In 2019, to be in business is to be in the technology business. That’s true whether you’re selling computers, cars, or carpets. The businesses that best integrate the latest technology with operations is often also the one positioned for success.
The same is true of health care, which can be especially entrenched in its established ways of operating. For example, when German cardiologist Andreas Roland Grüntzig presented his idea for balloon angioplasties in 1976 to clear blockages in the heart, he was told, “It’ll never work.” Now, the surgery is performed more than a million times per year, roughly as common as knee replacements.
Similarly, there was some reluctance regarding fully computerized medical records a decade ago when Penn Medicine began developing and integrating its uniform platform for clinical and patient information. But the technology developed by the Epic Corporation that came to be known as PennChart, along with the teams that worked together to put it into place, have earned Penn Medicine the highest honor for outpatient electronic medical record (EMR) implementation: Healthcare Information Management Systems Society (HIMSS) Analytics Stage 7.
“The HIMSS Analytics assessment recognizes an organization’s adoption and utilization of its electronic medical record,” explained Michael Restuccia, Penn Medicine’s senior vice president and chief information officer. “It’s the highest recognition of health care IT an organization can receive and it is a big deal for Penn Medicine.”
Through a collaboration between Restuccia’s Information Services team and clinical and business partners across the health system, PennChart’s successful implementation has enabled achievements such as:
- Reducing patient readmissions
- Enhancing patient satisfaction to attain the top level for patient/provider communications
- 100 percent electronic provider access to all clinical patient data and images
- Securely sharing 6.2 million patient records with other medical institutions in the United States
- Engaging over 500,000 patients in the myPennMedicine portal, which allows patients to connect with their physicians, request prescription refills, and review test results and other parts of their medical record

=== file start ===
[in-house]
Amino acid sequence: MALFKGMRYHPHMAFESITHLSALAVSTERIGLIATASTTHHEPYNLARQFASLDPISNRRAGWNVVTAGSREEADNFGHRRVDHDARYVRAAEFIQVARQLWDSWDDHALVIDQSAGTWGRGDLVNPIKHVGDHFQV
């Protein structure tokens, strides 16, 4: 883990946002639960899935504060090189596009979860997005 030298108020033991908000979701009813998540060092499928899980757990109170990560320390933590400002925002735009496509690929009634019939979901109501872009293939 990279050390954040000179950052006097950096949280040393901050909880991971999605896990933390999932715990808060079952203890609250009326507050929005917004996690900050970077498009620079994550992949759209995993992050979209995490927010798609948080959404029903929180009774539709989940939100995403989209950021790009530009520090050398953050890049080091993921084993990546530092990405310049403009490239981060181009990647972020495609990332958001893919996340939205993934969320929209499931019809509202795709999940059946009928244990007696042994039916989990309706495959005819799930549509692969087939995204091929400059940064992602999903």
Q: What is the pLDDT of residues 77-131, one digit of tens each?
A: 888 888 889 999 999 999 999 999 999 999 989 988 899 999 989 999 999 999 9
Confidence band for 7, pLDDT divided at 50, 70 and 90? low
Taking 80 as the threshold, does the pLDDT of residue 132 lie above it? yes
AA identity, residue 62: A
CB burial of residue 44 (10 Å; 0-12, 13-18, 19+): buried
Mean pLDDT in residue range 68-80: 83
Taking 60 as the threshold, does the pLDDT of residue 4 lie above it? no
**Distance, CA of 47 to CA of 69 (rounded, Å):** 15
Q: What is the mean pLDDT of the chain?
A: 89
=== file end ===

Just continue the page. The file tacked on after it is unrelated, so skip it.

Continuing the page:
All of this came through years of careful installation, training, and updates. While the implementation of PennChart—which quite literally affects operations throughout the health system every minute of every day—was intimidating, it was done to great success.
Here, Restuccia shares some of the wisdom he gained through the process for how any business can implement technology on such a large scale.
1. Be Ready for the Frustration
“The journey to the maximum level of adoption and utilization for technology like this will be fraught with frustration more often than triumph. Change is difficult for anyone, but it is particularly difficult for people who are busy and constantly being pulled in multiple directions. For us, that was physicians, but many businesses have people in similar time crunches with competing needs. There are many pieces to the tech implementation puzzle, and all come at a cost—with many far exceeding senior leadership’s budgetary expectations.”
2. Celebrate the Good Times
“Given the inevitable frustrations, celebrate the small victories—and really, really celebrate the larger ones. Taking a few moments to celebrate the successes helps recalibrate the team, validates their importance to the organization, prepares them for the next step of the journey, and reminds them why they are a part of this perilous endeavor.”
3. This is a Team Sport
“To implement a wide-reaching technology change, an interdisciplinary team consisting of infrastructure, desktop support, application support, and operational engagement is required in order to have any chance for success. All teams must work together in a collaborative manner, guided by an influential governance committee and experienced leadership that clearly communicates goals, pace, direction, sequence, etc.”
4. Peer Pressure is the Energizer Bunny
“At their core, physicians are competitive with other physicians both within their practice as well as those outside of it. Identifying and recognizing the physicians that have eagerly adopted the EMR and achieved success in patient care, population health management or research was like injecting the others with pure energy. No physician wants to be out-done by another physician in anything!”
“But that isn’t a trait that’s unique to physicians. I’m sure that most people can think of their co-workers or employees who are most competitive with each other. Highlighting the efforts and positive outcomes of early adopters is like gravity. They won’t be able to resist it.”
5. Remember the Positive
“Remember the days (just a few years back, really) when a physician spent as much time searching for a patient’s medical chart or attempting to read an unreadable fax as they did having face-to-face time with their patient? Today, we are seamlessly sharing—via PennChart—patient data amongst physician practices to ensure coordinated patient care is optimizing outcomes, engaging patients in their care, improving overall satisfaction, and leveraging data to proactively address patient care issues. Those are the good things we did by persevering through implementation.”
“Whatever your team is working on, remember your project goals and why they’re worth the journey.”